The crime of domestic battery is defined by 720 ILCS 5/12-3.2 as the crime a person commits when he or she knowingly without legal justification by any means causes bodily harm to any family or household member, or makes physical contact of an insulting or provoking nature with any family or household member.
Domestic battery in Illinois is often a Class A misdemeanor, meaning the maximum penalty is up to a year in the county jail. However, there are also felony versions of domestic battery that can result in a prison sentence.
The felony version of domestic battery is charged under certain cases, such as but not limited to the following:
- If the defendant has any prior conviction under this Code for violation of an order of protection
- If the defendant has any prior conviction for first degree murder, attempted murder (Section 9-1), attempt to commit first degree murder (Section 8-4), aggravated domestic battery (Section 12-3.3), aggravated battery (Section 12-3.05 or 12-4), heinous battery (Section 12-4.1), aggravated battery with a firearm (Section 12-4.2), aggravated battery with a machine gun or a firearm equipped with a silencer (Section 12-4.2-5), aggravated battery of a child (Section 12-4.3), aggravated battery of an unborn child (subsection (a-5) of Section 12-3.1, or Section 12-4.4), aggravated battery of a senior citizen (Section 12-4.6), stalking (Section 12-7.3), aggravated stalking (Section 12-7.4), criminal sexual assault (Section 11-1.20 or 12-13), aggravated criminal sexual assault (Section 11-1.30 or 12-14), kidnapping (Section 10-1), aggravated kidnapping (Section 10-2), predatory criminal sexual assault of a child (Section 11-1.40 or 12-14.1), aggravated criminal sexual abuse (Section 11-1.60 or 12-16), unlawful restraint (Section 10-3), aggravated unlawful restraint (Section 10-3.1), aggravated arson (Section 20-1.1), or aggravated discharge of a firearm (Section 24-1.2), or any prior conviction under the law of another jurisdiction for any offense that is substantially similar to the offenses listed in this Section, when any of these offenses have been committed against a family or household member. Domestic battery is a Class 4 felony if the defendant has one or 2 prior convictions under this Code for domestic battery (Section 12-3.2), or one or 2 prior convictions under the law of another jurisdiction for any offense which is substantially similar.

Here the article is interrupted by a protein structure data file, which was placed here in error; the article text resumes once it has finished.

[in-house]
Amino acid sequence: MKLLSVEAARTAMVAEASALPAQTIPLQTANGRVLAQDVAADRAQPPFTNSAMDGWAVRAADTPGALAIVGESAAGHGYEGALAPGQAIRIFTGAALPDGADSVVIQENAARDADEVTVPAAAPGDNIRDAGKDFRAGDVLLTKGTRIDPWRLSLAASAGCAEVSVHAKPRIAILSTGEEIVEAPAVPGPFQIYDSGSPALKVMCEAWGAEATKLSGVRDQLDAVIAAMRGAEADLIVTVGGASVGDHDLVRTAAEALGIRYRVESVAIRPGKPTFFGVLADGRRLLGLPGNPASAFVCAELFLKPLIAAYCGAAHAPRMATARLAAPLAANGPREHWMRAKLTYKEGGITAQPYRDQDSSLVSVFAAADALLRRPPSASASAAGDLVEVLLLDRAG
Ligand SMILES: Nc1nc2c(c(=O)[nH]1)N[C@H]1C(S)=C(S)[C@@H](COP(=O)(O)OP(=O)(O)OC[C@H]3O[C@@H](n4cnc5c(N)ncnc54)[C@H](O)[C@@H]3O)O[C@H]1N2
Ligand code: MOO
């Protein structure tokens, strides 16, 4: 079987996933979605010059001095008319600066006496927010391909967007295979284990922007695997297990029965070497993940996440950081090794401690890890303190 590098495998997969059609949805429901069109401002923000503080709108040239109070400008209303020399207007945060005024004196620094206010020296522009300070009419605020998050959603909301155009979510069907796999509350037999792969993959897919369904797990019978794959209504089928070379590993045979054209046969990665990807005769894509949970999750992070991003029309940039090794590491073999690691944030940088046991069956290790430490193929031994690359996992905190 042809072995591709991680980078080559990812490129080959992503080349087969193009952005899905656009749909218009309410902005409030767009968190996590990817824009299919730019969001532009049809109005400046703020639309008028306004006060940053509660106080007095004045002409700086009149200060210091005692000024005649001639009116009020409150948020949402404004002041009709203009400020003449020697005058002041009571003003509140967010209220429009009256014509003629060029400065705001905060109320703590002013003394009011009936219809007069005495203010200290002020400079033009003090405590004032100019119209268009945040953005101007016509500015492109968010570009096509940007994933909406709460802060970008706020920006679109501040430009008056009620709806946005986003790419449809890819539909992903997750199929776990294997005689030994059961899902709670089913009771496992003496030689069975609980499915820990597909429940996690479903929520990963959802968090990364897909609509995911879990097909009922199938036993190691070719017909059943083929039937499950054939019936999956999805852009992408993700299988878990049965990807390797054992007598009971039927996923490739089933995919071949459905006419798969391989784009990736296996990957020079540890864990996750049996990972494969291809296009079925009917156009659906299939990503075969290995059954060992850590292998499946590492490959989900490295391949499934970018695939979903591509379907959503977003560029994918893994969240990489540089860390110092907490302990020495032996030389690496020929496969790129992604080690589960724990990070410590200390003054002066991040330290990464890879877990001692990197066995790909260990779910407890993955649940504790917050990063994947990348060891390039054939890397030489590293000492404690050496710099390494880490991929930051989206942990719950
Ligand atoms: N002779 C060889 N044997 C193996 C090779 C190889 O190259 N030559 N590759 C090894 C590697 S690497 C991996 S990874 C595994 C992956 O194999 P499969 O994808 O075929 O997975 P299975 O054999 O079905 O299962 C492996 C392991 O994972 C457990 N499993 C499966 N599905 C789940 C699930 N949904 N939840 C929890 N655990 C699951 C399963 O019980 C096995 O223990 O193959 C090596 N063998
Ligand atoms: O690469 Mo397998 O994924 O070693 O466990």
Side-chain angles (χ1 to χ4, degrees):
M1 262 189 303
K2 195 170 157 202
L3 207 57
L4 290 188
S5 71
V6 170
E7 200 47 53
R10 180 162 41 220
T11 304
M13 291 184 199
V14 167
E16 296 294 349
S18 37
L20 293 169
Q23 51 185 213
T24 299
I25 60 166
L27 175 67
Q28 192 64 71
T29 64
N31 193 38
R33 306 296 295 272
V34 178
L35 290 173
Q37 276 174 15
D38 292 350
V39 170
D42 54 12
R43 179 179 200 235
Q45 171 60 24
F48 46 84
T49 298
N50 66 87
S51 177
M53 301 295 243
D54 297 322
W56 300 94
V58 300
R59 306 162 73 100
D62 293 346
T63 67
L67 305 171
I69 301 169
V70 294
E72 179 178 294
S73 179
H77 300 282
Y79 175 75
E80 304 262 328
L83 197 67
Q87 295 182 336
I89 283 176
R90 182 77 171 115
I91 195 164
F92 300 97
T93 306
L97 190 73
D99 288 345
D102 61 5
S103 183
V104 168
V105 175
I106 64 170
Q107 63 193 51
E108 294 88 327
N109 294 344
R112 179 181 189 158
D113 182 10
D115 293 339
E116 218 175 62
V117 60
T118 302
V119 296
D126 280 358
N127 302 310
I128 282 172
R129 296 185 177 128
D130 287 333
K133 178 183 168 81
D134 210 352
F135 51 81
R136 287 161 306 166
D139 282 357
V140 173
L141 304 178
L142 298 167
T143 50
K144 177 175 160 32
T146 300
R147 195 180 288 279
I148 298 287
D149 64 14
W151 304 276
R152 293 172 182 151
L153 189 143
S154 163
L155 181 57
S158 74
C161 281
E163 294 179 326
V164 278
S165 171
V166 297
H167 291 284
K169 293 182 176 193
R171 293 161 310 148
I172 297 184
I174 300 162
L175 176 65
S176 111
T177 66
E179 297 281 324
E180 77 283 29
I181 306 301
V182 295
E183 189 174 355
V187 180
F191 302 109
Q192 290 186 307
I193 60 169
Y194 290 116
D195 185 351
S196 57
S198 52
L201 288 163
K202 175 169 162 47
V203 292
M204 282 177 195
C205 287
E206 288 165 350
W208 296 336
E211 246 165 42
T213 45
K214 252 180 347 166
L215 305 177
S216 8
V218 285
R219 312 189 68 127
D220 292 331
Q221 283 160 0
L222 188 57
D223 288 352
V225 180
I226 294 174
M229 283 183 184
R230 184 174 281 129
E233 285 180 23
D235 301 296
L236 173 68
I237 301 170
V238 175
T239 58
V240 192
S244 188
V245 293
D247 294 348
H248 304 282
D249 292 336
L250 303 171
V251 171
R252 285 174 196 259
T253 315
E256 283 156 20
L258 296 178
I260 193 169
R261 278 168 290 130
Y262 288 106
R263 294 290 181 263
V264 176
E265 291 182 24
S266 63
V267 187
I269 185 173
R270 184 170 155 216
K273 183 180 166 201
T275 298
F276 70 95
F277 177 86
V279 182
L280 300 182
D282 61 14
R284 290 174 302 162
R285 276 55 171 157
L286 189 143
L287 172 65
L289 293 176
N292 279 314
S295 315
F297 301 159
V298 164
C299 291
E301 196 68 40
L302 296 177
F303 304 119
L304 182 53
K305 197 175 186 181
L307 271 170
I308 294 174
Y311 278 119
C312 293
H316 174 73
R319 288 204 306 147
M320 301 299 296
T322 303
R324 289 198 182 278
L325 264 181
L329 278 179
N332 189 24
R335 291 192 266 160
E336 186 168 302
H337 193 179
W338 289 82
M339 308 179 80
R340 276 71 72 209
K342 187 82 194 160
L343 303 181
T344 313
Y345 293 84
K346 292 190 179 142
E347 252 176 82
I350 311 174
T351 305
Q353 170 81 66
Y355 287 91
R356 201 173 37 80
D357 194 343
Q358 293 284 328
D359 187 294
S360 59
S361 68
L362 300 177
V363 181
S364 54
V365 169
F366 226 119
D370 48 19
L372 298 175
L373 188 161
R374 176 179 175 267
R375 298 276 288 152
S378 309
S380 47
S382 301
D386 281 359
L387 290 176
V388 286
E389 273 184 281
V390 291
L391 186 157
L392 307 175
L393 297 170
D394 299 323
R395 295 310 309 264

- If the defendant has 3 prior convictions for domestic battery
A seconds or subsequent domestic battery conviction in Illinois carries with it a mandatory minimum term of 72 hours in the county jail, which the court cannot suspend. The most serious domestic battery charge in Illinois is a Class 2 felony, which can carry a prison term of up to 7 years.
People convicted of domestic battery under Illinois law where a child was present can result in an enhanced minimum sentence of 10 days in jail or 300 hours of community service, and can also be made to pay the costs of counseling for the child if the court finds that doing so is appropriate.
It is also important to note that a conviction for domestic battery in Illinois results in a person being barred by both state and federal law from possessing firearms or ammunition.
Finally, a domestic battery conviction can have a significant effect upon the outcome of pending or future custody cases.
For all of those reasons, a domestic battery charge in Illinois is a serious case that must be handled properly. A person who is accused of domestic battery is wise to exercise their right to remain silent and seek an attorney at once, so as to protect their legal rights and interests.